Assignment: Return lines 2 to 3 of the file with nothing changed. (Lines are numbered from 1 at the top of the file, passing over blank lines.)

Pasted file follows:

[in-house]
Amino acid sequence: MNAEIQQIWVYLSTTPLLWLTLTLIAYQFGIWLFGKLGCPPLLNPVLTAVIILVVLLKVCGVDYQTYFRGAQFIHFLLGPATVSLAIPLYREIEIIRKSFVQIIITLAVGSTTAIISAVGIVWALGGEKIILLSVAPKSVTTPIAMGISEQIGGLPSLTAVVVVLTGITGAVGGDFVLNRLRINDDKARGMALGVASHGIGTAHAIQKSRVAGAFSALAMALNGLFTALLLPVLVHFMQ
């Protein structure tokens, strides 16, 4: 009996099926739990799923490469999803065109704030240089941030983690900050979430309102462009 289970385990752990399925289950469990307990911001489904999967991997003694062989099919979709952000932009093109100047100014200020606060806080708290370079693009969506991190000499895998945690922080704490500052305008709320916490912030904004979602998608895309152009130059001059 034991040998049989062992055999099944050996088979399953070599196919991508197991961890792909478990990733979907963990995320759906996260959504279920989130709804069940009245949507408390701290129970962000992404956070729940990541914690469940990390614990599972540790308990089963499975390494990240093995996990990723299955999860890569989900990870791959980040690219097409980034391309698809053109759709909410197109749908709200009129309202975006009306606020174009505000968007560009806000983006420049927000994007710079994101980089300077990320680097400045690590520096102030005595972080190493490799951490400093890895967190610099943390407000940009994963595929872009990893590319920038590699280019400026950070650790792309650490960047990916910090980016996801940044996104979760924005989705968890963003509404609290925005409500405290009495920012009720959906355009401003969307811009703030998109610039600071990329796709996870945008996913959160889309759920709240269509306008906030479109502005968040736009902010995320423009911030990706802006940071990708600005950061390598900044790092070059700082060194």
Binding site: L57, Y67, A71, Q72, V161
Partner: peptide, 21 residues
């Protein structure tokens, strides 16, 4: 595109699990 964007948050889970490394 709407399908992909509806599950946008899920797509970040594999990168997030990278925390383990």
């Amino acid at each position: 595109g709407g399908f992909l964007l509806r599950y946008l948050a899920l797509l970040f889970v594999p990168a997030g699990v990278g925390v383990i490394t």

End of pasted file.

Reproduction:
Amino acid sequence: MNAEIQQIWVYLSTTPLLWLTLTLIAYQFGIWLFGKLGCPPLLNPVLTAVIILVVLLKVCGVDYQTYFRGAQFIHFLLGPATVSLAIPLYREIEIIRKSFVQIIITLAVGSTTAIISAVGIVWALGGEKIILLSVAPKSVTTPIAMGISEQIGGLPSLTAVVVVLTGITGAVGGDFVLNRLRINDDKARGMALGVASHGIGTAHAIQKSRVAGAFSALAMALNGLFTALLLPVLVHFMQ
């Protein structure tokens, strides 16, 4: 009996099926739990799923490469999803065109704030240089941030983690900050979430309102462009 289970385990752990399925289950469990307990911001489904999967991997003694062989099919979709952000932009093109100047100014200020606060806080708290370079693009969506991190000499895998945690922080704490500052305008709320916490912030904004979602998608895309152009130059001059 034991040998049989062992055999099944050996088979399953070599196919991508197991961890792909478990990733979907963990995320759906996260959504279920989130709804069940009245949507408390701290129970962000992404956070729940990541914690469940990390614990599972540790308990089963499975390494990240093995996990990723299955999860890569989900990870791959980040690219097409980034391309698809053109759709909410197109749908709200009129309202975006009306606020174009505000968007560009806000983006420049927000994007710079994101980089300077990320680097400045690590520096102030005595972080190493490799951490400093890895967190610099943390407000940009994963595929872009990893590319920038590699280019400026950070650790792309650490960047990916910090980016996801940044996104979760924005989705968890963003509404609290925005409500405290009495920012009720959906355009401003969307811009703030998109610039600071990329796709996870945008996913959160889309759920709240269509306008906030479109502005968040736009902010995320423009911030990706802006940071990708600005950061390598900044790092070059700082060194």